I do know that I golfed in Madison, Wisconsin on December 24th 2019. Now that is just crazy! And simply depressing and frankly scares the shit out of me...and yes, I am part of the problem.

Kirtland’s Warbler: ours is a moral landscape

“Wisconsin is Open for Business.”

This has been Scott Walker’s mantra since he started campaigning for the governmental office of Wisconsin in 2010, and following his election, in 2011, he had 23 “Wisconsin Welcomes You” signs updated to read “Open for Business.”

The slogan leads a campaign and structure of policies in Wisconsin to make all decisions focused on the goal of job creation.

In his keynote address back in 2011, Walker stated, “‘And as your governor, I make this pledge: Wisconsin is open for business. We will work tirelessly to restore economic growth and vibrancy to our state. My top three priorities are jobs, jobs and jobs.'”

But such policies as “Recreation, Industry, Agriculture,” now followed by the newest, “Open for Business,” frequently have significant, negative environmental consequences. When we talk about “job creation” and “economic growth,” our measurement is inevitably dollars, and to focus on job creation with such urgency is to force us to play for the companies that can bring the most dollars, and not necessarily with the most environmental conscience. History has shown us time and again that when we quantify the worth of the land and natural resources by their usefulness in industry and capital gain, we do so with the short-term goals of capital success, followed by the expense of long-term consequences.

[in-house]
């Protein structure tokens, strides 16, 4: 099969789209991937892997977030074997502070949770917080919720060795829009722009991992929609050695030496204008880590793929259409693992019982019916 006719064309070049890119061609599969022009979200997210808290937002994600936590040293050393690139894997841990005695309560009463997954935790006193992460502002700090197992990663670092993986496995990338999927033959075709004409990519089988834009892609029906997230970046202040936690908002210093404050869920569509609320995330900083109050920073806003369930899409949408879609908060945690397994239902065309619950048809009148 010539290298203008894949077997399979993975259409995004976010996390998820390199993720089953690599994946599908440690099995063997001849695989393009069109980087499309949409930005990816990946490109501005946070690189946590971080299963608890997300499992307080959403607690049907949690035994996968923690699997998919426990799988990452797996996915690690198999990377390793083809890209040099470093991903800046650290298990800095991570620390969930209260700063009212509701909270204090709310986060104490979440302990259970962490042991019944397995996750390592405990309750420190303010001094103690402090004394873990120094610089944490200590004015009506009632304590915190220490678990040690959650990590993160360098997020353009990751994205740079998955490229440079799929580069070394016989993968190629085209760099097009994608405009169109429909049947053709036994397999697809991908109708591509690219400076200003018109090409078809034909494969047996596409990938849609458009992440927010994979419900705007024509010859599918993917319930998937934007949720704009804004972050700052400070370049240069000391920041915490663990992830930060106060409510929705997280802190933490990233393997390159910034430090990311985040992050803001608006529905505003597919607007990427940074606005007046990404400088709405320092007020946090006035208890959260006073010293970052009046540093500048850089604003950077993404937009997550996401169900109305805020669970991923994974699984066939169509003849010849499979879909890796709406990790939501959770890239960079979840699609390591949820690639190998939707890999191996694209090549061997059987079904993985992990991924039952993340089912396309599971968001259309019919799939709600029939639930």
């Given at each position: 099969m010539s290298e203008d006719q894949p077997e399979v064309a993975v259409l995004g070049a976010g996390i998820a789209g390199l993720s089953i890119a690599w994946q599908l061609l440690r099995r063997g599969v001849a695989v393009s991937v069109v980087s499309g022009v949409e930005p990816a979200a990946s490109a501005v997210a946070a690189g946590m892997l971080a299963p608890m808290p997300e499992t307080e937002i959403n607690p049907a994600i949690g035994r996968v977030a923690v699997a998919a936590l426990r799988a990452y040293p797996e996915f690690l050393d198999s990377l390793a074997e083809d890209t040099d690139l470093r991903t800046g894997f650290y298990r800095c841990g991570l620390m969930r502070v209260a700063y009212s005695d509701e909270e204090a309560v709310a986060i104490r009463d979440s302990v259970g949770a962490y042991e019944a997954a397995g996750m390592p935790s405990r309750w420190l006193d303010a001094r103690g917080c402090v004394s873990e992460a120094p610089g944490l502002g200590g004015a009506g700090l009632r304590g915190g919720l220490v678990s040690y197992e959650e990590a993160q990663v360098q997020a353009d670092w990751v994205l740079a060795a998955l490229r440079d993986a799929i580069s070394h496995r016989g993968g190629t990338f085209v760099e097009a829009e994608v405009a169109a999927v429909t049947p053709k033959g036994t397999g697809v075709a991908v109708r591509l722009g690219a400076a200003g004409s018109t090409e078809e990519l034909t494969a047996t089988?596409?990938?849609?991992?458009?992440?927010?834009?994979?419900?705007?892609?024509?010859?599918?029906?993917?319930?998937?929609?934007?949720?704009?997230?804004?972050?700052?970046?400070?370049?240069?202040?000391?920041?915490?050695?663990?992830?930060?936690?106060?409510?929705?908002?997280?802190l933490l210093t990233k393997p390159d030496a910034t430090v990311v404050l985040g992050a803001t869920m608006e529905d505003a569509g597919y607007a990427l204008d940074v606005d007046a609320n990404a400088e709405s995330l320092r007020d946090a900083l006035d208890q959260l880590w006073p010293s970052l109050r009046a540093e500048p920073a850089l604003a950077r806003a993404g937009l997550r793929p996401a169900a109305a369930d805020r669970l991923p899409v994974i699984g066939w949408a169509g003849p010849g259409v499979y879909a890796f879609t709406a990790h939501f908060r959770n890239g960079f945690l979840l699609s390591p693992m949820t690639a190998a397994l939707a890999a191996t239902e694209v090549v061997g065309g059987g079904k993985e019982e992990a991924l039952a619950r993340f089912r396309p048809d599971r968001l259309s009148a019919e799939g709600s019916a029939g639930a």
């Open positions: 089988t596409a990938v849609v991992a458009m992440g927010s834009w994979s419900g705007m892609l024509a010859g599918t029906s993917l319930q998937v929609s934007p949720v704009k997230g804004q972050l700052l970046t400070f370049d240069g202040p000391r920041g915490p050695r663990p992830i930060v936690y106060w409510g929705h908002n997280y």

So when the Kohler Arts Center in Sheboygan, Wisconsin, released a call for artists to respond to the theme of Waysides, I knew this was a call worth responding to. Waysides are the familiar rest stops for tourists and commuters traveling by car. The original idea came from Herbert F. Larson, a highway engineer in 1918 who saw roadside parks as a way to maintain the scenic forests along the roads. Larson sought to create places for people to pause on their journeys, picnic, and enjoy nature, and “to keep alert and ahead of the woodsman’s axe” so to preserve the forests.